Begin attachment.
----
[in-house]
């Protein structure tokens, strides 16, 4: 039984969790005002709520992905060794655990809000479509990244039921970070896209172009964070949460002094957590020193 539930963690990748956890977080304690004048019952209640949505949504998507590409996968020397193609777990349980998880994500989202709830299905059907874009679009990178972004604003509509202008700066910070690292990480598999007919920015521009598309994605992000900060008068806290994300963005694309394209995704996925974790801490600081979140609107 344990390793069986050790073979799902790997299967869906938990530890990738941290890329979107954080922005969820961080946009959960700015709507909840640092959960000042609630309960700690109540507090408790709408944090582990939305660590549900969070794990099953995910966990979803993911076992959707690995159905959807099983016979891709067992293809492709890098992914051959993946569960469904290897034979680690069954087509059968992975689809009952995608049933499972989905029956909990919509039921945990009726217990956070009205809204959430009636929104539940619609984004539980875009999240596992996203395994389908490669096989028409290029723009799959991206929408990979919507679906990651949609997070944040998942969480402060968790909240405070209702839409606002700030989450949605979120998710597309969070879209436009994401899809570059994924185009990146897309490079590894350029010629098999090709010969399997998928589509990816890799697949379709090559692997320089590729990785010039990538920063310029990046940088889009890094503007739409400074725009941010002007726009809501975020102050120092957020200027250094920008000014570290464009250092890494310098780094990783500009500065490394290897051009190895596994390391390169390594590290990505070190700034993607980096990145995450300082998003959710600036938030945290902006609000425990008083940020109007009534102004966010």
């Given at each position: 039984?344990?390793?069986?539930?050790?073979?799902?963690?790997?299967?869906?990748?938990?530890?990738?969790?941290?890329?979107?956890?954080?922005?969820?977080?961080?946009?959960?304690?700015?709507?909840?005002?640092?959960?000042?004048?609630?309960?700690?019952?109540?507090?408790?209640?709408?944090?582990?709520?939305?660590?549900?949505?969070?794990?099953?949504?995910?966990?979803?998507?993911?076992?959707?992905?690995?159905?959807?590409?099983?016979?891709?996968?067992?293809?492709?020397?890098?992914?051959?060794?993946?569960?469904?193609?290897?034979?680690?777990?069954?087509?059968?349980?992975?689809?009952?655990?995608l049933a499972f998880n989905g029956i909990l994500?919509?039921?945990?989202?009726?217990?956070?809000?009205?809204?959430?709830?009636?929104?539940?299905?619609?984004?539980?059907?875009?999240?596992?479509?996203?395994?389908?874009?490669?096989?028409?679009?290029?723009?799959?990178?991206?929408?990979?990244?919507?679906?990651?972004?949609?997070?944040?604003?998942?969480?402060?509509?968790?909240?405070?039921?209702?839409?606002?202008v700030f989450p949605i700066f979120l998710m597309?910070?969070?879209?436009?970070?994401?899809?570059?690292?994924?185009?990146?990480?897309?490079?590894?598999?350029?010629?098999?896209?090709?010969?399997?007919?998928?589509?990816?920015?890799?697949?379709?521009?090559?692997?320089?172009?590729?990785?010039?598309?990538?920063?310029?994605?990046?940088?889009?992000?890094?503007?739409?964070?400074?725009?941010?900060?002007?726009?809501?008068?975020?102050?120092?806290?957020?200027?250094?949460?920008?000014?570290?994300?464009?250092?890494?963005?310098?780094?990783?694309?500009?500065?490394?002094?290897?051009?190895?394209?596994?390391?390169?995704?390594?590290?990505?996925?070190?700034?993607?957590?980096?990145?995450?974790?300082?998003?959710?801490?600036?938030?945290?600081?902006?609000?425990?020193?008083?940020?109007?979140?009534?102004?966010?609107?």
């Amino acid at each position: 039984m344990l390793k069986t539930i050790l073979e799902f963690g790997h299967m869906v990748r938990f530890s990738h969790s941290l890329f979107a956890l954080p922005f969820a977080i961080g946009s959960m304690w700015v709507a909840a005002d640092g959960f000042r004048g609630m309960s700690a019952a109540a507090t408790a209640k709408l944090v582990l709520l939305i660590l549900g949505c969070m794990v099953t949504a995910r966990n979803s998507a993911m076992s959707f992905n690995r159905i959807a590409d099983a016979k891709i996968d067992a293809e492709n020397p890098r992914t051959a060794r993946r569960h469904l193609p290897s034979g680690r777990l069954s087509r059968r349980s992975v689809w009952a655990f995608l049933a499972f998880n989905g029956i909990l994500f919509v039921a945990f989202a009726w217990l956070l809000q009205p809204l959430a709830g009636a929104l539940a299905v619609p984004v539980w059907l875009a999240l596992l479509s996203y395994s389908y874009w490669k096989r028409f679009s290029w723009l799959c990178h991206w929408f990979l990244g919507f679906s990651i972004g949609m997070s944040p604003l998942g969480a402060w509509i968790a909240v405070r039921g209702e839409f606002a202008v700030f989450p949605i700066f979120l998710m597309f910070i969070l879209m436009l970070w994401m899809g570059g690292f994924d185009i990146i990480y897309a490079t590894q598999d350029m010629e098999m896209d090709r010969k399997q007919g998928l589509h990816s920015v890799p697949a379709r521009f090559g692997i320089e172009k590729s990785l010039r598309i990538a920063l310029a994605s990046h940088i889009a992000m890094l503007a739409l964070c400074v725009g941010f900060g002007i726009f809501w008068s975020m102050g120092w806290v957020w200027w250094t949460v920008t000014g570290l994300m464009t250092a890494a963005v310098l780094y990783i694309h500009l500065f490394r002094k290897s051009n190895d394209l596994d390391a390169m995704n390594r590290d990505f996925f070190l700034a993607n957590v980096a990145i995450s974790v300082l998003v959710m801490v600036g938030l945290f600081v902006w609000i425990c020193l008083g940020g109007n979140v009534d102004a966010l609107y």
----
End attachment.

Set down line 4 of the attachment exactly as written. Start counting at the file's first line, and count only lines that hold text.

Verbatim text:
């Amino acid at each position: 039984m344990l390793k069986t539930i050790l073979e799902f963690g790997h299967m869906v990748r938990f530890s990738h969790s941290l890329f979107a956890l954080p922005f969820a977080i961080g946009s959960m304690w700015v709507a909840a005002d640092g959960f000042r004048g609630m309960s700690a019952a109540a507090t408790a209640k709408l944090v582990l709520l939305i660590l549900g949505c969070m794990v099953t949504a995910r966990n979803s998507a993911m076992s959707f992905n690995r159905i959807a590409d099983a016979k891709i996968d067992a293809e492709n020397p890098r992914t051959a060794r993946r569960h469904l193609p290897s034979g680690r777990l069954s087509r059968r349980s992975v689809w009952a655990f995608l049933a499972f998880n989905g029956i909990l994500f919509v039921a945990f989202a009726w217990l956070l809000q009205p809204l959430a709830g009636a929104l539940a299905v619609p984004v539980w059907l875009a999240l596992l479509s996203y395994s389908y874009w490669k096989r028409f679009s290029w723009l799959c990178h991206w929408f990979l990244g919507f679906s990651i972004g949609m997070s944040p604003l998942g969480a402060w509509i968790a909240v405070r039921g209702e839409f606002a202008v700030f989450p949605i700066f979120l998710m597309f910070i969070l879209m436009l970070w994401m899809g570059g690292f994924d185009i990146i990480y897309a490079t590894q598999d350029m010629e098999m896209d090709r010969k399997q007919g998928l589509h990816s920015v890799p697949a379709r521009f090559g692997i320089e172009k590729s990785l010039r598309i990538a920063l310029a994605s990046h940088i889009a992000m890094l503007a739409l964070c400074v725009g941010f900060g002007i726009f809501w008068s975020m102050g120092w806290v957020w200027w250094t949460v920008t000014g570290l994300m464009t250092a890494a963005v310098l780094y990783i694309h500009l500065f490394r002094k290897s051009n190895d394209l596994d390391a390169m995704n390594r590290d990505f996925f070190l700034a993607n957590v980096a990145i995450s974790v300082l998003v959710m801490v600036g938030l945290f600081v902006w609000i425990c020193l008083g940020g109007n979140v009534d102004a966010l609107y």